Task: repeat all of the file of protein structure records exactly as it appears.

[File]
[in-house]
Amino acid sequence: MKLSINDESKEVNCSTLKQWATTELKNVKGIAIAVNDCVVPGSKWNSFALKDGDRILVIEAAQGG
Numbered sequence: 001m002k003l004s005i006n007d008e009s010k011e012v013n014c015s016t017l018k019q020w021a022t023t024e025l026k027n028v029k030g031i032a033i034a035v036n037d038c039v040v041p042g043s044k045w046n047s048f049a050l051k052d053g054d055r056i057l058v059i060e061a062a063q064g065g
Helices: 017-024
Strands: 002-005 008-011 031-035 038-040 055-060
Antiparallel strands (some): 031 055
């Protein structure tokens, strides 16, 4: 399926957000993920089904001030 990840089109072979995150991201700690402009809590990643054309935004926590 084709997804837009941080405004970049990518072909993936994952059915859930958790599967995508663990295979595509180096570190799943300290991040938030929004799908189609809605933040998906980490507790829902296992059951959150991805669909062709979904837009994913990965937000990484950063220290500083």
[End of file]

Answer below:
[in-house]
Amino acid sequence: MKLSINDESKEVNCSTLKQWATTELKNVKGIAIAVNDCVVPGSKWNSFALKDGDRILVIEAAQGG
Numbered sequence: 001m002k003l004s005i006n007d008e009s010k011e012v013n014c015s016t017l018k019q020w021a022t023t024e025l026k027n028v029k030g031i032a033i034a035v036n037d038c039v040v041p042g043s044k045w046n047s048f049a050l051k052d053g054d055r056i057l058v059i060e061a062a063q064g065g
Helices: 017-024
Strands: 002-005 008-011 031-035 038-040 055-060
Antiparallel strands (some): 031 055
């Protein structure tokens, strides 16, 4: 399926957000993920089904001030 990840089109072979995150991201700690402009809590990643054309935004926590 084709997804837009941080405004970049990518072909993936994952059915859930958790599967995508663990295979595509180096570190799943300290991040938030929004799908189609809605933040998906980490507790829902296992059951959150991805669909062709979904837009994913990965937000990484950063220290500083």